Voting Rights

Fighting for the democracy we all deserve by securing the right to vote and dismantling barriers to the ballot box

Next:
2020 Census

Voting is the language of American democracy. The ability to participate in civic life — to have a voice in choosing the elected officials whose decisions impact our lives, families, and communities — is at the core of what it means to be an American.

At our nation’s founding, voting was enshrined only for educated white men who owned property. It took more than a century for the franchise to meaningfully expand to people of color, women, people with disabilities, people who are low-income, and Native Americans. Today, some elected leaders are still working to silence people who were historically denied access to the ballot box.

At The Leadership Conference, we are working to modernize elections and build a 21st century democracy — a democracy where all of our voices are heard. With our coalition partners, we inform the public, decision-makers, and the media about barriers to voting and advocate for policies that expand the right to vote, especially in communities of color. Voting, and the ability to participate in democracy, is a racial justice issue. It is a civil rights issue. And we are overdue for a change.

Our Priorities


Restore the Voting Rights Act 

On June 25, 2013, five justices on the Supreme Court invalidated key provisions of the Voting Rights Act that for decades protected voters in states with histories of pernicious voting discrimination. Now, in the absence of federal enforcement of voting rights, too many states are making it harder for people to vote. Our coalition is leading efforts to confront racial injustice in the electoral process and restore the heart of the Voting Rights Act to ensure every American can make their voice heard.   

 

Increase Access to the Ballot Box

In the 2016 presidential election, 16 million Americans encountered problems voting, including long lines, inaccessible polling places, strict voter ID requirements, broken voting machines, purging from voter rolls, and voter registration complications. In total, 1.2 million people were unable to cast a ballot because of election administration errors. With our coalition partners and through our campaign, All Voting is Local, we are working at the federal and state levels to improve how elections are run. We fight for expanded opportunities to register and vote, including automatic, same-day, and online voter registration, as well as increased access to early and absentee voting and helping voters obtain ID, where required.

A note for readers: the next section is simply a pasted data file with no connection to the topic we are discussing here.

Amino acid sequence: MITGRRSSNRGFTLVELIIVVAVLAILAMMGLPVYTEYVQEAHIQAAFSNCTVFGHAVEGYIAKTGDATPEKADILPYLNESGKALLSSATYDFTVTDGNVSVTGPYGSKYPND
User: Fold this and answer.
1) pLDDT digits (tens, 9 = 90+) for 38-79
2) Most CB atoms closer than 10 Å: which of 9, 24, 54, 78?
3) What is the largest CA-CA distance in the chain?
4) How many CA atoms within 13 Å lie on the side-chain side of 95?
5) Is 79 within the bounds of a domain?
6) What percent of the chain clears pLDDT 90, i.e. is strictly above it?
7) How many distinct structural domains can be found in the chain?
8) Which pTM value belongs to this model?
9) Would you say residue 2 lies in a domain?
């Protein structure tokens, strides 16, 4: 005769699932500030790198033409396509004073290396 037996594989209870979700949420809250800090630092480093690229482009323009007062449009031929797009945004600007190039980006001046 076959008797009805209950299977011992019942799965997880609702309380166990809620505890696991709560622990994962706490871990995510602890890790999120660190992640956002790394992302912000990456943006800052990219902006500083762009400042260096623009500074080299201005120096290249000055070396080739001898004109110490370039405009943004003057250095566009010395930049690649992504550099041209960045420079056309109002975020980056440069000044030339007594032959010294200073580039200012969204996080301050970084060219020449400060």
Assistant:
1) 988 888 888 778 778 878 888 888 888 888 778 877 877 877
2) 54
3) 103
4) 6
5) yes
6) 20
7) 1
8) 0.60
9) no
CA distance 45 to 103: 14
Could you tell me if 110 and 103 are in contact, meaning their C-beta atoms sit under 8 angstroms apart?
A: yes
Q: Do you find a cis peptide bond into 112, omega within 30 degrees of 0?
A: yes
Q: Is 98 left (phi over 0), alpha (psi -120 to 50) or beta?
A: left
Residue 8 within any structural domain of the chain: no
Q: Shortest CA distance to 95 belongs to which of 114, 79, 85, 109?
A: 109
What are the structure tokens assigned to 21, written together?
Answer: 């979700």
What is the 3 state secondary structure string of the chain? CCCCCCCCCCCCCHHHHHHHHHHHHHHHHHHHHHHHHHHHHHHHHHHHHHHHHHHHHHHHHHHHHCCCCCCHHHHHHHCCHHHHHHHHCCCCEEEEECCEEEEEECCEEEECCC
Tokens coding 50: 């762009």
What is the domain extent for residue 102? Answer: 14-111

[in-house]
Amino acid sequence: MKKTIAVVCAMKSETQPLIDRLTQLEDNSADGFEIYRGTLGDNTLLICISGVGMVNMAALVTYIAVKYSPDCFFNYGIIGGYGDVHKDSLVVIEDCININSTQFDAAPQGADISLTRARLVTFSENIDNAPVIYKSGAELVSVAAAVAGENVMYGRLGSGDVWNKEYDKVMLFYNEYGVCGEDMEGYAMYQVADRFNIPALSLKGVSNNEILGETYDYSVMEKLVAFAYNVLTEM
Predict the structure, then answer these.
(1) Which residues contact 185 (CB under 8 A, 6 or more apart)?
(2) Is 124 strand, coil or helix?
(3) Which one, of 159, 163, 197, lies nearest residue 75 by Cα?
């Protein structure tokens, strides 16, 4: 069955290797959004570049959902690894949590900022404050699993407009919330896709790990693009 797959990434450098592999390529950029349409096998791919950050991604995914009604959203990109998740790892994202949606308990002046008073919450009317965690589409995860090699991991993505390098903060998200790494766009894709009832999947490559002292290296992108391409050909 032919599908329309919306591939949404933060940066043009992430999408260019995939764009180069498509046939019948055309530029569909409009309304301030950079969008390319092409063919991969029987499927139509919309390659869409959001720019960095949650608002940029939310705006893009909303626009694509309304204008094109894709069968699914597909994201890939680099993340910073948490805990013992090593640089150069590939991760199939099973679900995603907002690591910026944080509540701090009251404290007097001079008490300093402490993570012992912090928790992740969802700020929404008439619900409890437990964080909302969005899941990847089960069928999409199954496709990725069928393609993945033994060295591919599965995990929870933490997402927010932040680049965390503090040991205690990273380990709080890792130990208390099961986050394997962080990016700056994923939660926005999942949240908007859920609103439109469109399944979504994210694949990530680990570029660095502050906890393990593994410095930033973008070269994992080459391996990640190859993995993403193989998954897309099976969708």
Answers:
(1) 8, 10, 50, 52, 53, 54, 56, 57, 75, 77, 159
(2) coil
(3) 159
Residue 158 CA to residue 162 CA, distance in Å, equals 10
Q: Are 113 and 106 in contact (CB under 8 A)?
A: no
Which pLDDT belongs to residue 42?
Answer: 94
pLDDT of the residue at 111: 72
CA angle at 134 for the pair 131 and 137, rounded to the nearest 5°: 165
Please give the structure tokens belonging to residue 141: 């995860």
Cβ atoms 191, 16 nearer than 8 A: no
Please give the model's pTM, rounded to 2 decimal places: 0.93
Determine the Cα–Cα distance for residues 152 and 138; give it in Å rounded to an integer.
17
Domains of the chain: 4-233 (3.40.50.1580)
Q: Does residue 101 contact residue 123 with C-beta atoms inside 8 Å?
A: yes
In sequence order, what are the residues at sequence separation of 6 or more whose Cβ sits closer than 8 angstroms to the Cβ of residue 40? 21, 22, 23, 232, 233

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Achieve Rights Restoration 

Once convicted of a felony, many people lose their right to vote. In 12 states, returning citizens lose their voting rights indefinitely for certain crimes, face an additional waiting period, or require a pardon in order to gain their right to vote back. The over-criminalization of communities of color by law enforcement and the legal system directly leads to disparities in voter access: One in every 13 voting-age African Americans cannot vote. These felony disenfranchisement provisions are vestiges of slavery and were adopted after the Civil War to undermine people of color’s power. We work with national and state partners to advocate for the restoration of voting rights for people with felony convictions.

All Voting Is Local


All Voting Is Local, housed within Access Democracy, an incubated project of The Leadership Conference Education Fund, fights to protect and expand the right to vote for every American. The campaign is grounded in the belief that how elections are run is a civil rights issue. Through a range of advocacy tools, the campaign helps communities, and particularly communities of color, identify and remedy barriers to the ballot box. In collaboration with civil and voting rights groups, we are building power among historically disenfranchised groups, redefining the narrative around voter access, and educating activist networks about monitoring and improving how elections are run. All Voting is Local launched in 2018 in five states: Arizona, Florida, Ohio, Pennsylvania, and Wisconsin.

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